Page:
Monsieur Lazhar vs. A Separation

Monsieur Lazhar vs. A Separation
Monsieur Lazhar vs. A Separation
Monsieur Lazhar vs. A Separation
Monsieur Lazhar vs. A Separation

Quebec and Iran are powerhouses in world cinema.

Some of the best films of the last few decades have come from Quebec (Léolo, Jesus of Montreal, Incendies, Maelström) and Iran (Taste of Cherry, Children of Heaven, Gabbeh, Where is My Friend’s House?).  Montreal’s Denys Arcand (winner of the foreign language academy award in 2003 for The Barbarian Invasions) and Tehran’s Abbas Kiarostami have earned international reputations as film directors.

Philippe Falardeau’s Monsieur Lazhar and Asghar Farhadi’s  A Separation continue the tradition of great filmmaking in their respective cultures. Both were nominated for the best foreign language film for 2011. A Separation won. Both are superbly acted and photographed.

Monsieur Lazhar is a quiet meditation on loss and how children cope with it. A Separation is a study of struggling human beings trying to maintain a measure of dignity under difficult circumstances. Beleaguered and overburdened, the characters deftly maneuver through thickets of religious and cultural constraints.

A Separation takes place inan urban jungle: streets clogged with traffic, screeching horns, space constricted and suffocating, heat, internally and externally, rising. You can’t breathe without someone knowing what you’ve just eaten. Intimacy is forced upon you.  Monsieur Lazhar, on the other hand, seems to enact scenes from a Jean-Pierre Lemieux painting, vast emotional distances between one person and another, particularly children and adults, winter setting in, space in abundance.

Monsieur Lazhar, based on a one-person play, is a minimalist production: a teacher, a principal, a few students.  Minimalist like an Agnes Martin painting, it moves slowly and restrictedly within a few streets of Montreal.

A  Separation is a maximalist production teeming with life and complicated entanglements.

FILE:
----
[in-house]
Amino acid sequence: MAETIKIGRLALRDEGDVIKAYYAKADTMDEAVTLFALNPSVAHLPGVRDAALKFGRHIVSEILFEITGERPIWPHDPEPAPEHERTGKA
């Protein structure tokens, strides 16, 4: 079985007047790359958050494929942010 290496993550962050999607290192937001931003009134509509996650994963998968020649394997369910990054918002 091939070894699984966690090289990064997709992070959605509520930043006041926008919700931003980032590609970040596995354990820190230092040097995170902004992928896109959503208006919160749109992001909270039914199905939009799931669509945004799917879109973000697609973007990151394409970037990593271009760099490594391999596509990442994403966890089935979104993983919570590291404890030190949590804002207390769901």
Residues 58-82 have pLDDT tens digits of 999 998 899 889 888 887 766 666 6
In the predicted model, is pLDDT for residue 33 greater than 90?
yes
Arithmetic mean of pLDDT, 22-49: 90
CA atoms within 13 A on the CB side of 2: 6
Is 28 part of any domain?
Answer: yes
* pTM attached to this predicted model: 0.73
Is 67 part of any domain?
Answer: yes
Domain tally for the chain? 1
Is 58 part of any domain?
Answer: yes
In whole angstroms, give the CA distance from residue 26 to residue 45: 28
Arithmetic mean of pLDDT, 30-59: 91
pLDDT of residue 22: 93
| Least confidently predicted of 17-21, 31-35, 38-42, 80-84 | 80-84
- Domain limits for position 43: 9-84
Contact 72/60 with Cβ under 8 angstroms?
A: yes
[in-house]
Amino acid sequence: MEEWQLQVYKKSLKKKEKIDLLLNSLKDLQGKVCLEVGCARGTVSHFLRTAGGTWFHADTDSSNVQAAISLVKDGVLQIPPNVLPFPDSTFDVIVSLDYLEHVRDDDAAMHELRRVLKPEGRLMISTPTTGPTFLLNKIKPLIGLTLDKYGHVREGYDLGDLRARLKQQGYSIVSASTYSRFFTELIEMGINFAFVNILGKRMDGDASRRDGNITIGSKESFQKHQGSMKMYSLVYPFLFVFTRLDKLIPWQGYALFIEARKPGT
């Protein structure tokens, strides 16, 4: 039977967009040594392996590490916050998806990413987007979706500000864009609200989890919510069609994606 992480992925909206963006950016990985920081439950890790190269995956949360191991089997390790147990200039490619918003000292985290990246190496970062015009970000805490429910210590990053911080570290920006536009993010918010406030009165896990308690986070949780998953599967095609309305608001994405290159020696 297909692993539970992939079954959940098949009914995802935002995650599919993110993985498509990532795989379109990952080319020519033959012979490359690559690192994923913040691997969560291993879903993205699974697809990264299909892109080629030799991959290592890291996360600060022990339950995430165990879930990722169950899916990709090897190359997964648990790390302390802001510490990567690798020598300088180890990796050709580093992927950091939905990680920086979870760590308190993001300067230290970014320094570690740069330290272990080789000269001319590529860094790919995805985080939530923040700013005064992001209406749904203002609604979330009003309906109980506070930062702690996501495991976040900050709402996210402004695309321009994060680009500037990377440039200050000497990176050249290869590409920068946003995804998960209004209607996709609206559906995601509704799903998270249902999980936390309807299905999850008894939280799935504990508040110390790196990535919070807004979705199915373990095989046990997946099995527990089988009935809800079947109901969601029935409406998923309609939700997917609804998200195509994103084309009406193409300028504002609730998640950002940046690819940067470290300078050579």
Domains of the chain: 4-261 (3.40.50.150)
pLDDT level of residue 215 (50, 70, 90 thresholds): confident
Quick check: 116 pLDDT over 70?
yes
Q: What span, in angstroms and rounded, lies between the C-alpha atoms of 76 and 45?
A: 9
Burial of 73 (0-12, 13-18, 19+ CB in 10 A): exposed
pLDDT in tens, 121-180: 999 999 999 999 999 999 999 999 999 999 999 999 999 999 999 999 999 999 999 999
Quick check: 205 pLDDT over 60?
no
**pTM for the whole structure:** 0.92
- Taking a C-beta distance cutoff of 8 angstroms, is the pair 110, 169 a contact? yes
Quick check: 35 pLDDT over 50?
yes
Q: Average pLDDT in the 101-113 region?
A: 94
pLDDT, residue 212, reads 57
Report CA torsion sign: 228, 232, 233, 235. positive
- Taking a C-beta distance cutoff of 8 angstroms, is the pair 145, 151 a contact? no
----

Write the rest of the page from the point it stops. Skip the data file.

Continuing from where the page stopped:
“Daily life is a cycle of waiting, nagging, negotiating and looking for a place to park, much of it carried out with frayed and weary decorum. Even when everything seems to be falling apart, people try to mind their manners…” according to A.O. Scott in The New York Times.

In the opening scene of Monsieur Lazhar, a sixth grader at a Montreal middle school catches a glimpse of the hanging body of a popular teacher. He bolts from the scene. Into the trauma, a world of deep feelings and few words, a warm-hearted Algerian teacher, Bachir Lazhar, offers emotional support with his direct honesty and willingness to listen. “Don’t try to find a meaning in Martine’s death; there isn’t one,” he opines to his students.

In the opening scenes of A Separation you feel the tension between a mother and father quarrelling over the future of a child; the father wants her to remain with him in Tehran since he is unprepared to abandon his live-in father who suffers from dementia and the mother wants her to go abroad with her to seek new opportunities. The quarrel is brought to court for adjudication.

In A Separation, there is no black or white, only an overwhelming grey. That’s its integrity. With Monsieur Lazhar, the integrity lies in its honesty and the recognition that the classroom “is a place of friendship, of work, of courtesy, a place of life.”

–  By J.S. Porter

The trailers to Monsieur Lazhar and The Separation, below:

 

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